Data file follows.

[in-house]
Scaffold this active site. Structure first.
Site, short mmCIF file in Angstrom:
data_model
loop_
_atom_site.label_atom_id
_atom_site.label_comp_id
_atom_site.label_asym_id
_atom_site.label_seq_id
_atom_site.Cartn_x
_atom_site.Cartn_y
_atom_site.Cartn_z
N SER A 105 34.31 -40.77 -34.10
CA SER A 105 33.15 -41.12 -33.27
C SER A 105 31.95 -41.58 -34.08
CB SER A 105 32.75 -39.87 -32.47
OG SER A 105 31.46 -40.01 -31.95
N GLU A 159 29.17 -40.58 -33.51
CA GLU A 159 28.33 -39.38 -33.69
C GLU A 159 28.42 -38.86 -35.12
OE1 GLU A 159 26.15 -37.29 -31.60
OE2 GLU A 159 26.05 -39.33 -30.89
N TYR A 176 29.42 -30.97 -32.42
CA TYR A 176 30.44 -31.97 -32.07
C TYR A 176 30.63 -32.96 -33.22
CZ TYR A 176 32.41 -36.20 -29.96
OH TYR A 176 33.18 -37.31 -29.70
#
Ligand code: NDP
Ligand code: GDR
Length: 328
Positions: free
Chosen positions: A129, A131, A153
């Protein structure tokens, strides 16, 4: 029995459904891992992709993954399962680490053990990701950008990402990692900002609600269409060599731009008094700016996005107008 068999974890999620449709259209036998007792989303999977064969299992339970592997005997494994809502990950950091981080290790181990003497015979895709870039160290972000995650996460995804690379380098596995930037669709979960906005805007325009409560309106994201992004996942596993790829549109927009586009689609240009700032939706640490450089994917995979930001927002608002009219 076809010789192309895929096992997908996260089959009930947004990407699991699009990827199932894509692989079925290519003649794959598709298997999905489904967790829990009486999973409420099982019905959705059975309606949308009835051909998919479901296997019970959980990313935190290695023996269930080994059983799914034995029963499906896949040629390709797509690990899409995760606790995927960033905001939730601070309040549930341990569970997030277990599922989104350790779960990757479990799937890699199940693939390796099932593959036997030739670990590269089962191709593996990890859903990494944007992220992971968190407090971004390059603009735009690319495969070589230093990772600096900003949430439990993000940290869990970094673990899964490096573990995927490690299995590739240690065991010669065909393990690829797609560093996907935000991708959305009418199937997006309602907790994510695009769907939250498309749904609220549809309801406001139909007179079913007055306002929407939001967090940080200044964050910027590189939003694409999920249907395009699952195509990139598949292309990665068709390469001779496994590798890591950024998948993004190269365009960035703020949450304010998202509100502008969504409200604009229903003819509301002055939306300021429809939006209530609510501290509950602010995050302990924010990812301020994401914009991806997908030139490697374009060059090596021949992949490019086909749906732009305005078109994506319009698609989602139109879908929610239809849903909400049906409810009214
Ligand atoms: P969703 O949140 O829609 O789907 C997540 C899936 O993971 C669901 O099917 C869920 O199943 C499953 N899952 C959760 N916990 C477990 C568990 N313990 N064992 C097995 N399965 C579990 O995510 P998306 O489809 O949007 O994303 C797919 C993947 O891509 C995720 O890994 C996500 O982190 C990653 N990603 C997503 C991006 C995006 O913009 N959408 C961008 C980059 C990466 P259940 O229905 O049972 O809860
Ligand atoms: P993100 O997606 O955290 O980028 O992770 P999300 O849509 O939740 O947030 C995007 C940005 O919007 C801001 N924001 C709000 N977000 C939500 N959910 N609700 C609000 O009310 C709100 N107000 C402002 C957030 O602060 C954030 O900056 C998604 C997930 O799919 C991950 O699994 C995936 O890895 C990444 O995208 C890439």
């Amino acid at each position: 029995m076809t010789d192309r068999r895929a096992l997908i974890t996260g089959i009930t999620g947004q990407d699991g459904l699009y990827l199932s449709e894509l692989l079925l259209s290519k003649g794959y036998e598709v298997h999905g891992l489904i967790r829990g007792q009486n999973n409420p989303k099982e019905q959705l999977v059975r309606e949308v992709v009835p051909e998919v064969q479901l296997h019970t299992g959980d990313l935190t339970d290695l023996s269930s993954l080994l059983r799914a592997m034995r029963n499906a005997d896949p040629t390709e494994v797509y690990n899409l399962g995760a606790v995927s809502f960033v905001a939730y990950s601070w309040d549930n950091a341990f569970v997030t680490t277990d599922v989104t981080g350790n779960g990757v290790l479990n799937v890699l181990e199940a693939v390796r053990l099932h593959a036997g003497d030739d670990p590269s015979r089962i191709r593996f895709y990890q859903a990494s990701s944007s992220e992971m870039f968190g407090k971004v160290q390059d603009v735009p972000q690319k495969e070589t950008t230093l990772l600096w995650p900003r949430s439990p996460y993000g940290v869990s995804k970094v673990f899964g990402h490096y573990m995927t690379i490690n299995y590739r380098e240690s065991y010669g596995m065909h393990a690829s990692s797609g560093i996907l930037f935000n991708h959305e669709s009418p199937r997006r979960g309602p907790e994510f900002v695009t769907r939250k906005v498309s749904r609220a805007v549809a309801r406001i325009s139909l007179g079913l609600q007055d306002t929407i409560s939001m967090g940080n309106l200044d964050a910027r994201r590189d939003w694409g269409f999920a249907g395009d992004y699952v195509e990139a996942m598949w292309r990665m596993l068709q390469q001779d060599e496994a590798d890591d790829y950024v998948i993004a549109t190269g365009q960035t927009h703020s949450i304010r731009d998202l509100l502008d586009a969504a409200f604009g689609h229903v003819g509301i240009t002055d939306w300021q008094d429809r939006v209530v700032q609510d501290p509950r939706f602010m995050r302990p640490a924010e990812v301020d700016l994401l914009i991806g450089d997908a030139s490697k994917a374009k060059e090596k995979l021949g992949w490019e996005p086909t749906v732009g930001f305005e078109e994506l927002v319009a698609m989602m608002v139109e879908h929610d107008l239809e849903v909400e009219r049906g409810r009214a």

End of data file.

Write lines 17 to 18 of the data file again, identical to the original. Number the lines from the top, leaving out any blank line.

OG SER A 105 31.46 -40.01 -31.95
N GLU A 159 29.17 -40.58 -33.51